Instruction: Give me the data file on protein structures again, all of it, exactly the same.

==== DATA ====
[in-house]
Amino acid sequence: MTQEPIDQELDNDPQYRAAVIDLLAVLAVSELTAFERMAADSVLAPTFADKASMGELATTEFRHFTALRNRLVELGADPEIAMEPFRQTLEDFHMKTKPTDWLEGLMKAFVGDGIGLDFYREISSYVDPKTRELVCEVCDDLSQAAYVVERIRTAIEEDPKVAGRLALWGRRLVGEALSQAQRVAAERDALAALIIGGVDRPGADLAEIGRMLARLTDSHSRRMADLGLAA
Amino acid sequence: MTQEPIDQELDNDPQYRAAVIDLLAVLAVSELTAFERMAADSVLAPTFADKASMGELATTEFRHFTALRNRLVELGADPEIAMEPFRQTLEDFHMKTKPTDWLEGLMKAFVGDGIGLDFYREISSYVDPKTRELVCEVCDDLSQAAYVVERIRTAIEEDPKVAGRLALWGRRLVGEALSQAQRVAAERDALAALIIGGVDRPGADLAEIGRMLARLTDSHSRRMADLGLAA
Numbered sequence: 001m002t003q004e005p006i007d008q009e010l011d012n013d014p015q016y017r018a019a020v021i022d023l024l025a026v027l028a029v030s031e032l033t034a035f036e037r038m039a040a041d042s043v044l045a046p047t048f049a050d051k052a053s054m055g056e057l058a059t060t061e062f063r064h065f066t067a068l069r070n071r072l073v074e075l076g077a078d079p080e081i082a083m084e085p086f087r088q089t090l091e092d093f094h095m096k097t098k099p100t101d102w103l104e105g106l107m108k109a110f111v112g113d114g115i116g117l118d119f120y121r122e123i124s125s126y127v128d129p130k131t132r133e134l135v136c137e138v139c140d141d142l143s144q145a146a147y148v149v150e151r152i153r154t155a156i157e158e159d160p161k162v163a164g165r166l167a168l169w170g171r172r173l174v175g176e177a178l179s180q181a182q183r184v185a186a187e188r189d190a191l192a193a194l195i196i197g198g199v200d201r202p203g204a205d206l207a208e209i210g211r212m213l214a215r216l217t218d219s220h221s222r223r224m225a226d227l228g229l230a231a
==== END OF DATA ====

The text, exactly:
[in-house]
Amino acid sequence: MTQEPIDQELDNDPQYRAAVIDLLAVLAVSELTAFERMAADSVLAPTFADKASMGELATTEFRHFTALRNRLVELGADPEIAMEPFRQTLEDFHMKTKPTDWLEGLMKAFVGDGIGLDFYREISSYVDPKTRELVCEVCDDLSQAAYVVERIRTAIEEDPKVAGRLALWGRRLVGEALSQAQRVAAERDALAALIIGGVDRPGADLAEIGRMLARLTDSHSRRMADLGLAA
Amino acid sequence: MTQEPIDQELDNDPQYRAAVIDLLAVLAVSELTAFERMAADSVLAPTFADKASMGELATTEFRHFTALRNRLVELGADPEIAMEPFRQTLEDFHMKTKPTDWLEGLMKAFVGDGIGLDFYREISSYVDPKTRELVCEVCDDLSQAAYVVERIRTAIEEDPKVAGRLALWGRRLVGEALSQAQRVAAERDALAALIIGGVDRPGADLAEIGRMLARLTDSHSRRMADLGLAA
Numbered sequence: 001m002t003q004e005p006i007d008q009e010l011d012n013d014p015q016y017r018a019a020v021i022d023l024l025a026v027l028a029v030s031e032l033t034a035f036e037r038m039a040a041d042s043v044l045a046p047t048f049a050d051k052a053s054m055g056e057l058a059t060t061e062f063r064h065f066t067a068l069r070n071r072l073v074e075l076g077a078d079p080e081i082a083m084e085p086f087r088q089t090l091e092d093f094h095m096k097t098k099p100t101d102w103l104e105g106l107m108k109a110f111v112g113d114g115i116g117l118d119f120y121r122e123i124s125s126y127v128d129p130k131t132r133e134l135v136c137e138v139c140d141d142l143s144q145a146a147y148v149v150e151r152i153r154t155a156i157e158e159d160p161k162v163a164g165r166l167a168l169w170g171r172r173l174v175g176e177a178l179s180q181a182q183r184v185a186a187e188r189d190a191l192a193a194l195i196i197g198g199v200d201r202p203g204a205d206l207a208e209i210g211r212m213l214a215r216l217t218d219s220h221s222r223r224m225a226d227l228g229l230a231a